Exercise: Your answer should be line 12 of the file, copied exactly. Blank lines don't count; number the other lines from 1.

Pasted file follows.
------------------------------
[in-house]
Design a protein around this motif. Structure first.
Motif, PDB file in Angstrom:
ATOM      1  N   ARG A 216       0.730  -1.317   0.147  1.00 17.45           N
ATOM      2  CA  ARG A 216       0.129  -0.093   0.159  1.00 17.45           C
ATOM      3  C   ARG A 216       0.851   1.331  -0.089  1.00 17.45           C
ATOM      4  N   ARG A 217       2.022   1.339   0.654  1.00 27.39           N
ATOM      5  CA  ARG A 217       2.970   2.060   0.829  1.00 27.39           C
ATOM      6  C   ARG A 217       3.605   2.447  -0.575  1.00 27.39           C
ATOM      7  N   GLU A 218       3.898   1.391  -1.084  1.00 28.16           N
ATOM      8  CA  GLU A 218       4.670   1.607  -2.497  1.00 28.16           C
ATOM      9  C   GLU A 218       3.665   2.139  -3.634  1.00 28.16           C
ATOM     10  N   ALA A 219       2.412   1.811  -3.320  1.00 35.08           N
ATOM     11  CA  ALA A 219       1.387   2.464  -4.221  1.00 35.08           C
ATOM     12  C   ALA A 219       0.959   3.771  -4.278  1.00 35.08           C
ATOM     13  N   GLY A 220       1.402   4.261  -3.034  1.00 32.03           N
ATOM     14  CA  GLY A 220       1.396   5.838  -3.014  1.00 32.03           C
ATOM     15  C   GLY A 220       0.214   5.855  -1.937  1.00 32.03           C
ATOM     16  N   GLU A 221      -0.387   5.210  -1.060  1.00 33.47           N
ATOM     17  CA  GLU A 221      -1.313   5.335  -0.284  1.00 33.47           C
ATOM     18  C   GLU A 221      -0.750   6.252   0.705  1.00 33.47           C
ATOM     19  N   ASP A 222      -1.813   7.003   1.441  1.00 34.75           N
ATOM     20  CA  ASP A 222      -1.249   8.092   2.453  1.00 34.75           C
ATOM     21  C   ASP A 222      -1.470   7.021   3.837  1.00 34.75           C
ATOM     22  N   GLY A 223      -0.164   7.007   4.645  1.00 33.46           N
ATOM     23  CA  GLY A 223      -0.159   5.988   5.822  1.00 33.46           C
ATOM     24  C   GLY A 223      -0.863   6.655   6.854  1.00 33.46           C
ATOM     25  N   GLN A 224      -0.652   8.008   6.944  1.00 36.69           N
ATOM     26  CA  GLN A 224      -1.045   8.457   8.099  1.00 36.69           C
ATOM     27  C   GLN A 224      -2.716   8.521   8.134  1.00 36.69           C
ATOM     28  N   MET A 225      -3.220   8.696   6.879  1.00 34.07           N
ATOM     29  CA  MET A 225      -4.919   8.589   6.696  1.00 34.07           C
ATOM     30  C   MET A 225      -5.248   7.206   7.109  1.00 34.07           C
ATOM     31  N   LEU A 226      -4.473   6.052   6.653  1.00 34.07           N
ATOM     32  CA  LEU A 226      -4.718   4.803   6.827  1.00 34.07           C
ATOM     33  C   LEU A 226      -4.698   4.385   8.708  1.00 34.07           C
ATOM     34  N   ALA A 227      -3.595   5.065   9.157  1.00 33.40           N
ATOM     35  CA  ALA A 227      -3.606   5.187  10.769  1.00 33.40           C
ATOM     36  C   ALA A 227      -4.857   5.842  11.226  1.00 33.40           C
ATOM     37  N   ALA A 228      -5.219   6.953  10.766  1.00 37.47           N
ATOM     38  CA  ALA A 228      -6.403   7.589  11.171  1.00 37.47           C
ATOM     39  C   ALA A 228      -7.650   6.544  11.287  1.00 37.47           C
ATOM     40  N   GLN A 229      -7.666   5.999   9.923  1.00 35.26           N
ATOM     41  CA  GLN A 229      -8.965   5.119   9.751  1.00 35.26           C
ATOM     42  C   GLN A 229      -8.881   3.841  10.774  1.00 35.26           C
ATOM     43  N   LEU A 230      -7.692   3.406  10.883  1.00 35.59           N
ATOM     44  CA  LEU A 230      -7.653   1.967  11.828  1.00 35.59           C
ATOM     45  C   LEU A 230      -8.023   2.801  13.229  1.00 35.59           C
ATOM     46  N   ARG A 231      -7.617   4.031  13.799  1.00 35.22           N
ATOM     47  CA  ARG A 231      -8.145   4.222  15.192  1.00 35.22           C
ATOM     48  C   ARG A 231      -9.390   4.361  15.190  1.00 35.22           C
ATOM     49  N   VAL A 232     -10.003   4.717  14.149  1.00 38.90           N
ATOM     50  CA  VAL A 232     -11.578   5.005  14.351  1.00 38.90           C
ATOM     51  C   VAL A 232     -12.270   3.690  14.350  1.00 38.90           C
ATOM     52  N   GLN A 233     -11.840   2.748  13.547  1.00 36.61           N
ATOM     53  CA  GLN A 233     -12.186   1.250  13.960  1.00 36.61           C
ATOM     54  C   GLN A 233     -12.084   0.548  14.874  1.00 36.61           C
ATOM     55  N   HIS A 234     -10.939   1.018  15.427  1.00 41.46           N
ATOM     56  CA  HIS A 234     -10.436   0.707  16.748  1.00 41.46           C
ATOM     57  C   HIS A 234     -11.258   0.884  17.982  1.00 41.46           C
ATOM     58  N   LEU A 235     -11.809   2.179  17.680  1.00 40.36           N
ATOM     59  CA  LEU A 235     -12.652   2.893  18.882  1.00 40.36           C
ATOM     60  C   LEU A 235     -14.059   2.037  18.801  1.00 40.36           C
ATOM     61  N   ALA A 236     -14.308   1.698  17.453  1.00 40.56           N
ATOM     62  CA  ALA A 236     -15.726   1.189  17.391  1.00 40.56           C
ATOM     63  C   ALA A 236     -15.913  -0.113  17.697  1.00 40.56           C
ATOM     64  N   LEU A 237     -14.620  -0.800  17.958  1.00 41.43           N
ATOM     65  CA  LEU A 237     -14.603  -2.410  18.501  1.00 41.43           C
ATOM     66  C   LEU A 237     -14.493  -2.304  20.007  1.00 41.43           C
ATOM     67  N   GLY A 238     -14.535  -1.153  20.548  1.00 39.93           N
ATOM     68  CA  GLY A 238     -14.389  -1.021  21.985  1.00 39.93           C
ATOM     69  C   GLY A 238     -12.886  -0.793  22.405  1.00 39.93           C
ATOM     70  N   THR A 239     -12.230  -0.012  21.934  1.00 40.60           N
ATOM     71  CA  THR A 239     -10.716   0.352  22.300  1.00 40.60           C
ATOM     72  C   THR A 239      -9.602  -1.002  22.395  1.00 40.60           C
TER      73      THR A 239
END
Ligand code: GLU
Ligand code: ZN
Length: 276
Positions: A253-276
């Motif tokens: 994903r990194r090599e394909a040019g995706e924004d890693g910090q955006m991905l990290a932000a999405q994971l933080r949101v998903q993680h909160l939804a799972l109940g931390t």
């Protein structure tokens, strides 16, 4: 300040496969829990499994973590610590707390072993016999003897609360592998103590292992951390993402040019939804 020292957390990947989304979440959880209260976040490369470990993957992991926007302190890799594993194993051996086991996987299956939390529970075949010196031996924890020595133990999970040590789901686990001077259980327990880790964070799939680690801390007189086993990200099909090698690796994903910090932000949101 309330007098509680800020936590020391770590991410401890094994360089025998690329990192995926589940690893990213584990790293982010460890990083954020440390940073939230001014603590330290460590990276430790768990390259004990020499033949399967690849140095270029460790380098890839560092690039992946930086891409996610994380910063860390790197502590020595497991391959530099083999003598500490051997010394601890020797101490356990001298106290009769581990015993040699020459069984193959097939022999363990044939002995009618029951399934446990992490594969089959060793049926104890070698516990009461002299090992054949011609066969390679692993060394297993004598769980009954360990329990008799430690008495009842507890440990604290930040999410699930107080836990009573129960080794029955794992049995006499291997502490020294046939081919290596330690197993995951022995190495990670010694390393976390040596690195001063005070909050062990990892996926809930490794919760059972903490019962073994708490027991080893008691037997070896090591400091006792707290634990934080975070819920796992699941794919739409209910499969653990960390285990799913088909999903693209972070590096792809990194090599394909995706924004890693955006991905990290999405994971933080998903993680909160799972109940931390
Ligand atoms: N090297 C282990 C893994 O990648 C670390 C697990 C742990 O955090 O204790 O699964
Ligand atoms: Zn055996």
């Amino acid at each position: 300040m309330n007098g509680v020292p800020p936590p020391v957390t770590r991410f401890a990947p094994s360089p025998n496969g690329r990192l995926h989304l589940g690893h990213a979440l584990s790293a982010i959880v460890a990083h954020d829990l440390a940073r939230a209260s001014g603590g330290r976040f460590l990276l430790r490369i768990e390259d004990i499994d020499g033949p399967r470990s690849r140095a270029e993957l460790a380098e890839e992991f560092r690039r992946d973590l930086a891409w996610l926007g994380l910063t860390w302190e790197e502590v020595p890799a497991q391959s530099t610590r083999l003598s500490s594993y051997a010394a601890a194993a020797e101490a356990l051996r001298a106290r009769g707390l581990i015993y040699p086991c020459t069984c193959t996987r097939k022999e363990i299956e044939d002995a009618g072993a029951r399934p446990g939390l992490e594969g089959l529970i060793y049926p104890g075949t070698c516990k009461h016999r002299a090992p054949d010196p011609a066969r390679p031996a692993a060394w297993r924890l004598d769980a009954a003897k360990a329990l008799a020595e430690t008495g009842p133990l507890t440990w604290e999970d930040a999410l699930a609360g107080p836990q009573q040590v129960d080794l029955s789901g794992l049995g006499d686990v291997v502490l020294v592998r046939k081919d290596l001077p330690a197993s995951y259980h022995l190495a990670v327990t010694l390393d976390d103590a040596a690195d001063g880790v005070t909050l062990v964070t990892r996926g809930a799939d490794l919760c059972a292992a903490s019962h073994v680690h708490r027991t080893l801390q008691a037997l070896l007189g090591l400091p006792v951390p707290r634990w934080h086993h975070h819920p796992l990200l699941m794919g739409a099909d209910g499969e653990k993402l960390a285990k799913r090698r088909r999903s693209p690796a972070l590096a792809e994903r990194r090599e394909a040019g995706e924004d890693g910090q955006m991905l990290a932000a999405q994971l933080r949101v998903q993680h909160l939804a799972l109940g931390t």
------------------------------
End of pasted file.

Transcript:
ATOM      9  C   GLU A 218       3.665   2.139  -3.634  1.00 28.16           C